Literary Fiction – Beautiful Garbage

Beautiful GarbageBeautiful Garbage
by Jill Di Donato
Publisher: She Writes Press
ISBN: 978-1938314018
Published: April 2013
Pages: 304
Genre: Literary Fiction
Format Available For Review: Print

If Holly Golightly lived in the ’80s, how far would she go to make a name for herself as Manhattan’s artist du jour? We know all about Warhol, Basquiat, Keith Haring, and their fictional counterparts, but what about the edgy women artists of this time? Jodi Plum: smart, talented, ambitious, troubled. Fresh out of her teens, she leaves suburbia for Manhattan’s glam and gritty art scene, and almost immediately falls into the clutches of Monika, a beautiful photographer. With the help of her new mentor, Jodi quickly becomes a rising star – but when a skeleton from her past surfaces, her dream life crashes to a halt, and she slips into a world of parties, drugs, and high-class prostitution. Set in the crime-plagued New York City of the 1980s, Beautiful Garbage parallels an artist’s journey with her sexual epiphanies, exploring the notorious milieu of the decade’s downtown art scene from the point of view of a young female artist – and offering a satirical and irreverent look at post-’70s sexual politics and the world of elite call girls.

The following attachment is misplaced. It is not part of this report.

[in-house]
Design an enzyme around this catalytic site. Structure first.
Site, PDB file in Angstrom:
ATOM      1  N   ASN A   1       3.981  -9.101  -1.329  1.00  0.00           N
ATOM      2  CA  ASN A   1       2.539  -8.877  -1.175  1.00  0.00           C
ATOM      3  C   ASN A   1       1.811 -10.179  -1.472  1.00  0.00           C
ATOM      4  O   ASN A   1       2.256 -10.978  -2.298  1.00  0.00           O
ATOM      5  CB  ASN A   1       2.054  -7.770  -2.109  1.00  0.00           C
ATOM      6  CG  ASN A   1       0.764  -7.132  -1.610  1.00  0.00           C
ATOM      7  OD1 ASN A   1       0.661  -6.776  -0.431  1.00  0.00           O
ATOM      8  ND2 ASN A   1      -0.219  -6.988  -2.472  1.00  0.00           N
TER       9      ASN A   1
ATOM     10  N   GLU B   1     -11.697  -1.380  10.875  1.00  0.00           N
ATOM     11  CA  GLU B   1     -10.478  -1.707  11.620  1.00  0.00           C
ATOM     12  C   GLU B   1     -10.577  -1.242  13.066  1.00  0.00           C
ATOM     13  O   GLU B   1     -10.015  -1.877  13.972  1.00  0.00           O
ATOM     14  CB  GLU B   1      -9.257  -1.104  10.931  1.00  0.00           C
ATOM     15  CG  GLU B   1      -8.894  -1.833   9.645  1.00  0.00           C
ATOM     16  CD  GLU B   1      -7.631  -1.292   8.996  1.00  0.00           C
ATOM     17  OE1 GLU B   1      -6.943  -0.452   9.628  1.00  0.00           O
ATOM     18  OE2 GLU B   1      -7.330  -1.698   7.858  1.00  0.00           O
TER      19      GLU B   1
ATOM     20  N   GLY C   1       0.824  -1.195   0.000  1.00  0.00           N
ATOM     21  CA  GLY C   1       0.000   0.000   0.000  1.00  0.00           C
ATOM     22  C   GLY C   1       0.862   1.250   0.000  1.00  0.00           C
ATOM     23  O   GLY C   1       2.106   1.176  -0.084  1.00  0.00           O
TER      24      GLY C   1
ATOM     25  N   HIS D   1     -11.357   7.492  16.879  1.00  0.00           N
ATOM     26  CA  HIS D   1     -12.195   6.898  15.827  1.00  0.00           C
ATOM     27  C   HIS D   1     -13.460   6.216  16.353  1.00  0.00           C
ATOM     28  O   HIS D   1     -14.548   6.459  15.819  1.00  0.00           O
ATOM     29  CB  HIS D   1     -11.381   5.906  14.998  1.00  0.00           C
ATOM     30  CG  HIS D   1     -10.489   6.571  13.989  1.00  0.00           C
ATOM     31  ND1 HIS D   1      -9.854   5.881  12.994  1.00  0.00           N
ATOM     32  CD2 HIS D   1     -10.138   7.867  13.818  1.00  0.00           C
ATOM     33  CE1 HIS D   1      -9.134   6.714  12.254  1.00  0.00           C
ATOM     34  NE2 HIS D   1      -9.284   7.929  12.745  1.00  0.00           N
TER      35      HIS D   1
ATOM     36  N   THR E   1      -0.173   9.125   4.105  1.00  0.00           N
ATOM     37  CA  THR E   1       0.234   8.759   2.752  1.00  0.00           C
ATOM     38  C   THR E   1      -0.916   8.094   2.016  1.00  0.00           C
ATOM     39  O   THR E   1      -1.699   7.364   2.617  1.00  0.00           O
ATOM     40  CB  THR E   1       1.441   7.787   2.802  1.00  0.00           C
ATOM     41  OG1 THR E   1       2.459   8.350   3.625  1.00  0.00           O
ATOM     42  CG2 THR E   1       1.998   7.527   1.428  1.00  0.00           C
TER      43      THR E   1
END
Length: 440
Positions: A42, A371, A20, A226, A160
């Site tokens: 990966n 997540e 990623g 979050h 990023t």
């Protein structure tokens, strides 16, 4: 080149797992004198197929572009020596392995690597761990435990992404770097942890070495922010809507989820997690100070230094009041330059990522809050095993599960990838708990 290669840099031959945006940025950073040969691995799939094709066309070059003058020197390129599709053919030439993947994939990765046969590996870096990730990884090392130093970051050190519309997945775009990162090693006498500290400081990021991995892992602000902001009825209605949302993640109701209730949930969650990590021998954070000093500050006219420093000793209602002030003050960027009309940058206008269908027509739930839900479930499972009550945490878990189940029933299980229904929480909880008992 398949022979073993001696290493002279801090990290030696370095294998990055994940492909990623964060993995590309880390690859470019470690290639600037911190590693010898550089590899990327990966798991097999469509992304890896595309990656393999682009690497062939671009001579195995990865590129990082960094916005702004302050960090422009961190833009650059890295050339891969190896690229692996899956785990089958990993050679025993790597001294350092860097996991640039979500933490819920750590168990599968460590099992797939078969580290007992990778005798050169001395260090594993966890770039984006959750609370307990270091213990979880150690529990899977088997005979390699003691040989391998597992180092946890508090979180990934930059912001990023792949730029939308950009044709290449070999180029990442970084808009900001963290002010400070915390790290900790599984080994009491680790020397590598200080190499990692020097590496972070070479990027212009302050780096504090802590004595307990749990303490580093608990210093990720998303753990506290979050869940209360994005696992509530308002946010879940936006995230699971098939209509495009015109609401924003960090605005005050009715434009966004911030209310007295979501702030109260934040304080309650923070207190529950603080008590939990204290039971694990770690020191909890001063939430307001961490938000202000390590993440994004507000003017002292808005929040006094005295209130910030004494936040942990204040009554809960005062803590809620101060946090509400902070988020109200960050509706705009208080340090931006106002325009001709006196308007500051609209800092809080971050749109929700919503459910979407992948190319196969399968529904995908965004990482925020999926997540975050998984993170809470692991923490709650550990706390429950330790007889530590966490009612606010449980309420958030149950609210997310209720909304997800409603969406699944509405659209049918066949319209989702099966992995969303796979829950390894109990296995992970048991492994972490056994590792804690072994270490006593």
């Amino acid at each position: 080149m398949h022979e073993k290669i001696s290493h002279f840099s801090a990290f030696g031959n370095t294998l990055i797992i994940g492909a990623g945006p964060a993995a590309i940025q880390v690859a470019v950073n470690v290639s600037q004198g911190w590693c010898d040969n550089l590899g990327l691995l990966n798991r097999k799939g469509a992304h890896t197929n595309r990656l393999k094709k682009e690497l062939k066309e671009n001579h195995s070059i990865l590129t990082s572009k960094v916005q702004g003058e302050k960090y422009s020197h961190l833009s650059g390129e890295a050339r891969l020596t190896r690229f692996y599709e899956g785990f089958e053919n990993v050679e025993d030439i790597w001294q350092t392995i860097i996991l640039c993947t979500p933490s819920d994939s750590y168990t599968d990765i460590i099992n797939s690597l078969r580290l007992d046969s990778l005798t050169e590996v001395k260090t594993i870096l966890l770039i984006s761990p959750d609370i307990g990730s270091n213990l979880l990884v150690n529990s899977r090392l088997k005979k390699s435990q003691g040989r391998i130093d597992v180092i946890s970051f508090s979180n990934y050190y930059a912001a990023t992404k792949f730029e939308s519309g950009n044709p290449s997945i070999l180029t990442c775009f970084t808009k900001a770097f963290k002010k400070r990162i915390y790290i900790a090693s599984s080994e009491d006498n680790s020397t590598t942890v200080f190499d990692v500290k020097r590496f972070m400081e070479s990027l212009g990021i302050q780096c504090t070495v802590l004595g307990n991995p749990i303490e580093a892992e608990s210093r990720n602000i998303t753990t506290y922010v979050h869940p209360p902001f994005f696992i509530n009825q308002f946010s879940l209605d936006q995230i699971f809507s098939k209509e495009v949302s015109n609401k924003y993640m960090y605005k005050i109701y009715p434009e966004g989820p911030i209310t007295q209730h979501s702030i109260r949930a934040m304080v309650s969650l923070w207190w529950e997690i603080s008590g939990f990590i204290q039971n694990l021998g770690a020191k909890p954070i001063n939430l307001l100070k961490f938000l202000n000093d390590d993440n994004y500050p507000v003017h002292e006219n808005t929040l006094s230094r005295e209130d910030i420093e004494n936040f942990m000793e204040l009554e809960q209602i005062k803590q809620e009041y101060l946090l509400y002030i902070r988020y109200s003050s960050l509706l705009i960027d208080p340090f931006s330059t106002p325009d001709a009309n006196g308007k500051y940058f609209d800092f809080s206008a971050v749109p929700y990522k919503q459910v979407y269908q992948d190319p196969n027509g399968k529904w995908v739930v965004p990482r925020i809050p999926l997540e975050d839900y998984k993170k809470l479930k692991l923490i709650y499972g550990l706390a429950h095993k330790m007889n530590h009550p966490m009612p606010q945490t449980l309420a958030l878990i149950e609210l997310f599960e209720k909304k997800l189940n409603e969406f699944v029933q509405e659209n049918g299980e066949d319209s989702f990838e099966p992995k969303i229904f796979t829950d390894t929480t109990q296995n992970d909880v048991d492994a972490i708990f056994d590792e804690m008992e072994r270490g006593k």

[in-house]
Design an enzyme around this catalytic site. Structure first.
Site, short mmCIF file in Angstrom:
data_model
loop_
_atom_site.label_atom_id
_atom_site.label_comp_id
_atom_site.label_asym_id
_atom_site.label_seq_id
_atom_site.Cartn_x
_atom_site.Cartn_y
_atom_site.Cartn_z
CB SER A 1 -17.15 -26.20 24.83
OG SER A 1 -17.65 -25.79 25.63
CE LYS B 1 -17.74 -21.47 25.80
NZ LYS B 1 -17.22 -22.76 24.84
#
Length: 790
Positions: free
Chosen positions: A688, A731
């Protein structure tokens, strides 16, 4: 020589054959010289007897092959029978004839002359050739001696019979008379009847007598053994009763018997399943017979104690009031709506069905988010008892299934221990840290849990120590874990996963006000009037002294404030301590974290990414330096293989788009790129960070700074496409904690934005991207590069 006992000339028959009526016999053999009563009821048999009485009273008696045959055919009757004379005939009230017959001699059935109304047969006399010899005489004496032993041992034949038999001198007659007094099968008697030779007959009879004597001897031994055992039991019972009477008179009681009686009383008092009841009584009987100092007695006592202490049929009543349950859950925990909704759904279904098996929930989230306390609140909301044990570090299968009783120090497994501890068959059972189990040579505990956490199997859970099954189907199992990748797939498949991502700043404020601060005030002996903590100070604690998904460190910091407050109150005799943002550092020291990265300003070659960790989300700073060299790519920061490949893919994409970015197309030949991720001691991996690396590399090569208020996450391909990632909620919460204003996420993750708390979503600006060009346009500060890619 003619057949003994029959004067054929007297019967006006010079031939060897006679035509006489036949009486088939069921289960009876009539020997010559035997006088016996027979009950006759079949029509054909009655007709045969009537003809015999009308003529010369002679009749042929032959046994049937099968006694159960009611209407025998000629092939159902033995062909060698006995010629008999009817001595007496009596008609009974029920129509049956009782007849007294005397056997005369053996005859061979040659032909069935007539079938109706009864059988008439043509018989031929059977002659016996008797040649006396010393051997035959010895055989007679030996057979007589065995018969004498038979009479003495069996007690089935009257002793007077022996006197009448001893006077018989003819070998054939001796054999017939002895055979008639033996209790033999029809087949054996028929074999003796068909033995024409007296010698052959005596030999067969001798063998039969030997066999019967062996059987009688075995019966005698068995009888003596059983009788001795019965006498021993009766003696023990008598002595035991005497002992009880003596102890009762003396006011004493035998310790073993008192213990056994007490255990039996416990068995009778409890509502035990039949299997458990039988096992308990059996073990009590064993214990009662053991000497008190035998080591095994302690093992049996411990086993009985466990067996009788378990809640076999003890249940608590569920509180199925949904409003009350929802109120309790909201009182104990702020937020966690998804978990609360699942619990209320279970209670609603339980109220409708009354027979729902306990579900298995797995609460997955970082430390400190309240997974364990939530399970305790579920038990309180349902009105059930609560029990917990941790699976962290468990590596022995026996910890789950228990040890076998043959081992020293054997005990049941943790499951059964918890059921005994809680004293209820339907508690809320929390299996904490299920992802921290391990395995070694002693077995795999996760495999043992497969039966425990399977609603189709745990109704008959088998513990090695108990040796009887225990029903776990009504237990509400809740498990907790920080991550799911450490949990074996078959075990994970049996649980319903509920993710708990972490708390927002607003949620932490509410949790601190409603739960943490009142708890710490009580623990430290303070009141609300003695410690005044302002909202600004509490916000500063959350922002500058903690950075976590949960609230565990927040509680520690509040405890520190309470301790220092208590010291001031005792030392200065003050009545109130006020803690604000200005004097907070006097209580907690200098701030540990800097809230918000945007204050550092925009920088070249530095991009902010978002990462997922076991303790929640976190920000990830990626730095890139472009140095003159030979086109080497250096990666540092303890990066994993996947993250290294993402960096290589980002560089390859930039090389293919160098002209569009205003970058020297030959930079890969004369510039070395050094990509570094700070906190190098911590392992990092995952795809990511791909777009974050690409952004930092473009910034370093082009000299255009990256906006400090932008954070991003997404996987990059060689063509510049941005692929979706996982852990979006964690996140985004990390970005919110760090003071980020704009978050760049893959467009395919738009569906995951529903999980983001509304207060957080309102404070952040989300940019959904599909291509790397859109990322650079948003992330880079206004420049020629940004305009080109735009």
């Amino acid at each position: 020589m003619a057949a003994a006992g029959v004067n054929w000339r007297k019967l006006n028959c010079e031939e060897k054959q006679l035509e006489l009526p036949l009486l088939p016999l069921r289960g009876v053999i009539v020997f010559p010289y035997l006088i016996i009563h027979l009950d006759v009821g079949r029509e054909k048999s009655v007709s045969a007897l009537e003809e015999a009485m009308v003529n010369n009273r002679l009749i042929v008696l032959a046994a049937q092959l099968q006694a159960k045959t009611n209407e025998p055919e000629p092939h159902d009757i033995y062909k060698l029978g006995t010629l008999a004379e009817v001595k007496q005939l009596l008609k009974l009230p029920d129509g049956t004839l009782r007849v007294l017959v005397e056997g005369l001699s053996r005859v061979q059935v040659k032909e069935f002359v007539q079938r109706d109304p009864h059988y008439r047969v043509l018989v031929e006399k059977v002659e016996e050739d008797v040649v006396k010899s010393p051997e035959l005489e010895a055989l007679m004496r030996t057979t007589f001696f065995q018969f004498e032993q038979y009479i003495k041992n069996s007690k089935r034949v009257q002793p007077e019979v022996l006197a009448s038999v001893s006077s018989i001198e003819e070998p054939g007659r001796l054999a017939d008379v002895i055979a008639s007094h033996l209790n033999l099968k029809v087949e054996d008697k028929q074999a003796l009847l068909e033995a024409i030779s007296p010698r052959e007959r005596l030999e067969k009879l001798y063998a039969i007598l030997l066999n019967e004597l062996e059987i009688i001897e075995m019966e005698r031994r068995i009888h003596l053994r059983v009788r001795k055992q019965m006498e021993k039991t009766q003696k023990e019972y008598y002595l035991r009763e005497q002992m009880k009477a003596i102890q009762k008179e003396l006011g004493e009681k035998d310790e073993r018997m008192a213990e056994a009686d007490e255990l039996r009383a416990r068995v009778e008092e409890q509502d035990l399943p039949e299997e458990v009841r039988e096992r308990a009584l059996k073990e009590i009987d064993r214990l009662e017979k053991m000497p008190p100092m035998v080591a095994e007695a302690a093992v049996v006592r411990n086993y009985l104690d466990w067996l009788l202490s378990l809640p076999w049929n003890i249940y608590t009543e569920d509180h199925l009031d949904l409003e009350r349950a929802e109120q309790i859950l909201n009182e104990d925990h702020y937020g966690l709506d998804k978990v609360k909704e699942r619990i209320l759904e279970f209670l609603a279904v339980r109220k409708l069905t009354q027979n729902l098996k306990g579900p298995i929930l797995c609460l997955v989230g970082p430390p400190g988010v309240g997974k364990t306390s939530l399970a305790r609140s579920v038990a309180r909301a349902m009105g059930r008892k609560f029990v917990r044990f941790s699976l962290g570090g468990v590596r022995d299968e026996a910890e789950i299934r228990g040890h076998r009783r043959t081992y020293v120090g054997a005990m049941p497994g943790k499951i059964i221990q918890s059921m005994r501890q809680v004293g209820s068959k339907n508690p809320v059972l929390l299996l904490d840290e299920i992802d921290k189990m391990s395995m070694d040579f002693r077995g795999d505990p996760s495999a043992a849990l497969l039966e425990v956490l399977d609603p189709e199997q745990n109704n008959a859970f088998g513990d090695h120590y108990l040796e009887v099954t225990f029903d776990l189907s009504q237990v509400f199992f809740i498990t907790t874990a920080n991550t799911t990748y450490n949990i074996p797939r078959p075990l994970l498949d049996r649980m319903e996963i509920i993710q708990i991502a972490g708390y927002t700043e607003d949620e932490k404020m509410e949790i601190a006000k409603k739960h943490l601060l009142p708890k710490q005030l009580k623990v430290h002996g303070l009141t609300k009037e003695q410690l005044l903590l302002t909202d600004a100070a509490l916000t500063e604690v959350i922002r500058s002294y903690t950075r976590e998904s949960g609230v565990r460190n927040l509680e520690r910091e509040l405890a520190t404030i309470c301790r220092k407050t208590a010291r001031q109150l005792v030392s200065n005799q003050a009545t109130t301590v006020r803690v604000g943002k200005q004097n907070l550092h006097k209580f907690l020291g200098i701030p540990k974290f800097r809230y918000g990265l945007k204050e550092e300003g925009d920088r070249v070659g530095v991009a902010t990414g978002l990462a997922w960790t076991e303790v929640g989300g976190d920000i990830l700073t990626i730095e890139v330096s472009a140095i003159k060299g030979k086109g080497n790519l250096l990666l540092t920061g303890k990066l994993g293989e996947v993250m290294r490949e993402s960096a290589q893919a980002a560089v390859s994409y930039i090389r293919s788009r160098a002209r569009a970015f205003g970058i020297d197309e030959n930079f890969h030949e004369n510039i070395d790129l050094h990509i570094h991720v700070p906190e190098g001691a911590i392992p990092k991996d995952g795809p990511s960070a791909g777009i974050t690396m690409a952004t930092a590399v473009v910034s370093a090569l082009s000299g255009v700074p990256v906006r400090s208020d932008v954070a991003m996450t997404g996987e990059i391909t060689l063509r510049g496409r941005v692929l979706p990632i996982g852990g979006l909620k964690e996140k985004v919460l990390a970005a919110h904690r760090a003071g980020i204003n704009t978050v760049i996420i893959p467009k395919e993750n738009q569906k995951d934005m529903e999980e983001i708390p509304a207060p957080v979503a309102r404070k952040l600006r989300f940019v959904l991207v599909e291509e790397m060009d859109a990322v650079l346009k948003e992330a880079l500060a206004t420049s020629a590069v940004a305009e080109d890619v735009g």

Reviews & Endorsements “From art whore to call girl and beyond, Jodi Plum is either a feminist’s nightmare or a true artist. She may drive you crazy (or break your heart), but you won’t forget the novel in which she stars. In the end, novel and protagonist – think Becky Sharpe with a Vassar degree, or Sister Carrie in 1980s Soho – transcend their limits to celebrate what endures.” – Beth Bosworth, author of The Source of Life and Other Stories

“Beautiful, yes. Garbage, no. Just a captivating story of art, women, friendship, drugs,and self-destruction set against the glittery backdrop of a vanished Manhattan.” – Elisa Albert, author of The Book of Dahlia

“Equal parts Patti Smith’s Just Kids and The Diary of Anaïs Nin, Jill Di Donato’s Beautiful Garbage is a voyeuristic panorama of the vice and vanity of the downtown art scene in the 1980s. Di Donato has given the world a new story, both titillating and touching, to add to the New York canon.” – Ivy Pochoda, author of Visitation Street

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